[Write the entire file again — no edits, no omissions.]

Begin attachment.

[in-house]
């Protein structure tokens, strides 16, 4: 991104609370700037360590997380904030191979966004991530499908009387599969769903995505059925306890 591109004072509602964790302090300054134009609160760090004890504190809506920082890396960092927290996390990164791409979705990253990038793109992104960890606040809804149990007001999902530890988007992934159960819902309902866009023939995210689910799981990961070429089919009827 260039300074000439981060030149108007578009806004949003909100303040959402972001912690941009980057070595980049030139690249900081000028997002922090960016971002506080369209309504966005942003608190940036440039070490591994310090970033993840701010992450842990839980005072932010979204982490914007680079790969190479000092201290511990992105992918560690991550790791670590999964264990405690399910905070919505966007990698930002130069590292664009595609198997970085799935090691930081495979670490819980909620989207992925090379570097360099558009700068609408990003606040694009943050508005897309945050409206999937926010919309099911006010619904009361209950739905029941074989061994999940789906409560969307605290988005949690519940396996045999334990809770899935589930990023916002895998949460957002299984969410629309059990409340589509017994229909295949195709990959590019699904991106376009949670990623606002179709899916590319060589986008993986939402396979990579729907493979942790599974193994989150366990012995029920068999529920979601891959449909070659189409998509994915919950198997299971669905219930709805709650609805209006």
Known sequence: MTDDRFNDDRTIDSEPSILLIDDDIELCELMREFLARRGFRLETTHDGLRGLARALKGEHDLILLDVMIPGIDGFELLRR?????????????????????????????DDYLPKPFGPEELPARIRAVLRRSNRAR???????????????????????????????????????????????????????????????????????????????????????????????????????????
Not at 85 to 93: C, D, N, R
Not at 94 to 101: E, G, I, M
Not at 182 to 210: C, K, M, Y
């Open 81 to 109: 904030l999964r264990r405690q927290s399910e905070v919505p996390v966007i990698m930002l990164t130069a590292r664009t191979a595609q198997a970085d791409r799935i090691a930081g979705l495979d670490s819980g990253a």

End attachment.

[in-house]
């Protein structure tokens, strides 16, 4: 991104609370700037360590997380904030191979966004991530499908009387599969769903995505059925306890 591109004072509602964790302090300054134009609160760090004890504190809506920082890396960092927290996390990164791409979705990253990038793109992104960890606040809804149990007001999902530890988007992934159960819902309902866009023939995210689910799981990961070429089919009827 260039300074000439981060030149108007578009806004949003909100303040959402972001912690941009980057070595980049030139690249900081000028997002922090960016971002506080369209309504966005942003608190940036440039070490591994310090970033993840701010992450842990839980005072932010979204982490914007680079790969190479000092201290511990992105992918560690991550790791670590999964264990405690399910905070919505966007990698930002130069590292664009595609198997970085799935090691930081495979670490819980909620989207992925090379570097360099558009700068609408990003606040694009943050508005897309945050409206999937926010919309099911006010619904009361209950739905029941074989061994999940789906409560969307605290988005949690519940396996045999334990809770899935589930990023916002895998949460957002299984969410629309059990409340589509017994229909295949195709990959590019699904991106376009949670990623606002179709899916590319060589986008993986939402396979990579729907493979942790599974193994989150366990012995029920068999529920979601891959449909070659189409998509994915919950198997299971669905219930709805709650609805209006």
Known sequence: MTDDRFNDDRTIDSEPSILLIDDDIELCELMREFLARRGFRLETTHDGLRGLARALKGEHDLILLDVMIPGIDGFELLRR?????????????????????????????DDYLPKPFGPEELPARIRAVLRRSNRAR???????????????????????????????????????????????????????????????????????????????????????????????????????????
Not at 85 to 93: C, D, N, R
Not at 94 to 101: E, G, I, M
Not at 182 to 210: C, K, M, Y
């Open 81 to 109: 904030l999964r264990r405690q927290s399910e905070v919505p996390v966007i990698m930002l990164t130069a590292r664009t191979a595609q198997a970085d791409r799935i090691a930081g979705l495979d670490s819980g990253a």